The Incorrectness of Corrections: On Prisons, "Prisoners," and Prison Visits
Updated: Jul 19, 2020
The first time I made the hour and a half drive from Detroit, to a correctional facility to meet with new clients, I felt nauseous. As my car barreled down the highway, going from city and suburbs, to cornfields and confederate flags, my stomach churned. I’m sure part of it was the motion sickness caused by the never-ending winding road, and part of it was nerves, but more of it was the onset of a sudden illness borne of irony.
I always found it disturbing—the term “correctional facility.” The phrase seems to absolve the “powers that be” from any responsibility in creating our current social ills. Like, what exactly are we correcting? Is it the centuries of systemic oppression steeped in white supremacy? Is it the classism, racism, and bias and bigotry that still persist? Is it the war on drugs that decimated Black communities through the penal system, that is now deemed a compassionate Caucasian opioid crisis? Is it the lack of mental health access; the economic and educational deprivation? Is it the hunger and fear, homelessness and hopelessness that plagues urban areas? Or is it just the “anti-social behavior”?
The idea of calling the prison industrial complex, “corrections,” would almost be laughable if it wasn’t such a travesty. You see, you can correct an error—or a mistake. But to “correct” something that was systemically created on purpose and allowed to persist for centuries—correcting that requires atonement. It requires rehabilitation. It requires “just mercy.” And right now—with bail and jails, and prisons and parolees, missing mamas and daddies—we’re not correcting a thing.
Thus, labeling our current system “corrections” is like erasing an F grade on the top of your paper and changing it to an A, while all the answers are still wrong. It’s like putting a bandaid on a gunshot wound. It’s like popping aspirin when you need a root canal. If we want to correct anything, it certainly can’t start with Black men and women being ripped from their families and held in chains. I’d posit that’s how we got here in the first place.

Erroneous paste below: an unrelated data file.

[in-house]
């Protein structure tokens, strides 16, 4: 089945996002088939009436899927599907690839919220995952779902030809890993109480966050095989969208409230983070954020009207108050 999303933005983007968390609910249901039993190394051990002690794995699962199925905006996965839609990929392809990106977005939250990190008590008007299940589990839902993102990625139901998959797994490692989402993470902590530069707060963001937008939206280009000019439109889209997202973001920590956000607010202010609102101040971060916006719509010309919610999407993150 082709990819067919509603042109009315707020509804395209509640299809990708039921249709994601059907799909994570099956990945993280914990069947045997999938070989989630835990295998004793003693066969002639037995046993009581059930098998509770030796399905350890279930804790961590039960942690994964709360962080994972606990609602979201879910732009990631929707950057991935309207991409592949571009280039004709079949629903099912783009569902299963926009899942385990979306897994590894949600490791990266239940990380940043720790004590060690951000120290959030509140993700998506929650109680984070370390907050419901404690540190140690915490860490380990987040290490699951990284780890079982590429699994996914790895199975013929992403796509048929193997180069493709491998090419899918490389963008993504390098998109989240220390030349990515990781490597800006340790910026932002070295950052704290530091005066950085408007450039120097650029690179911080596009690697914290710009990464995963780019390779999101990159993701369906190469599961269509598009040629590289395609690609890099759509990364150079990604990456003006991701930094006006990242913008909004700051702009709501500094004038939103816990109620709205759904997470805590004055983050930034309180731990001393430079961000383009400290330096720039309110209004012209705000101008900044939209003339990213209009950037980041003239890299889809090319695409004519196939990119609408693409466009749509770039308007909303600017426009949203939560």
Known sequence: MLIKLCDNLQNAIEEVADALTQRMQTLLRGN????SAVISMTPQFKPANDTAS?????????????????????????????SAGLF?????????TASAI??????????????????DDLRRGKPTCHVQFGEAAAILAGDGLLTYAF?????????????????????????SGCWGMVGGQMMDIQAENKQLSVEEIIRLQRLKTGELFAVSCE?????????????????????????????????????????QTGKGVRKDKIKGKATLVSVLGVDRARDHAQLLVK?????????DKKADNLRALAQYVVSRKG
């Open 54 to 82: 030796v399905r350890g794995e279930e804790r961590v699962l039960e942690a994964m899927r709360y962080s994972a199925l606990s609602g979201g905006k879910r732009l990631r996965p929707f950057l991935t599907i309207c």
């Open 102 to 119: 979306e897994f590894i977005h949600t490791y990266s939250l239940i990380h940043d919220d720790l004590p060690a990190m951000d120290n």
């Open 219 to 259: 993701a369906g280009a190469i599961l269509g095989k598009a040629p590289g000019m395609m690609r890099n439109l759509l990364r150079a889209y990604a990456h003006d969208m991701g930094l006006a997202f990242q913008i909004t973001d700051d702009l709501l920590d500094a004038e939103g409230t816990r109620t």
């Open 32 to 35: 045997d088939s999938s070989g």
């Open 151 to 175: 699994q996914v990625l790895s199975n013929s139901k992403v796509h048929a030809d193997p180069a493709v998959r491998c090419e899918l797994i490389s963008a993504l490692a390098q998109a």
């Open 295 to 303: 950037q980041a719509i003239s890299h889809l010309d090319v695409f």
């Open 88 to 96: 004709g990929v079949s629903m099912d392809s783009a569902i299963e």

On this fateful day, despite my vehement opposition to the term “corrections,” going into these facilities is part of my job. I leave my phone in my vehicle, take one last gulp from my water bottle, and enter the front door of the prison. After signing in at the desk and checking in with the officer on duty for an attorney visit, I glance up above his head. There on the wall, arranged in a neat little pyramid, are framed headshots with gleaming white smiles: the prison warden, the head of the department of corrections, and the governor. A proud shrine of sorts, as if to remind visitors where they are and who is in charge.
My thoughts are interrupted as I am told to take a seat, until my clients are brought from their respective cell blocks and are ready to meet with me. After about 20 minutes, I am summoned from the waiting area to another entryway where I will go through security. After a large steel door slowly rolls open, I put my portfolio with my notepad and bar card in a bin and walk through the metal detector. I am then asked to lift my tongue, and show my inner cheeks, so that an officer can look inside my mouth to ensure I’m not bringing in contraband. I am reminded of the way my ancestors were inspected on auctions blocks. Such a search must trigger trauma on a cellular level.
As my screening continues, I am patted down, first under my arms and then between my legs. The the fullness of my hair which is pulled into a curly afro puff, and the poking of the underwire of my bra, gives the officer a visible pause before she moves on. I am then instructed to remove my shoes and socks and hand them to another officer for them to be shaken out. This officer then asks to see the bottoms of my bare feet, to again ensure I am not a smuggler.
After the conclusion of this onerous and invasive process, I am finally allowed to enter a designated portion of the facility. Much to my surprise, I am given a panic button, and instructed on how to use it. I do, in fact, feel panicked, but not for the reasons one might expect. The panicking I feel is more of a stifling claustrophobia. You can know exactly what prisons are for, but until you have been inside one, it is impossible to truly process that people spend years of their lives behind thick brick walls, inhaling the same recycled, stale air. It is like perpetually taking shallow breaths, while trying your best to breathe deeply.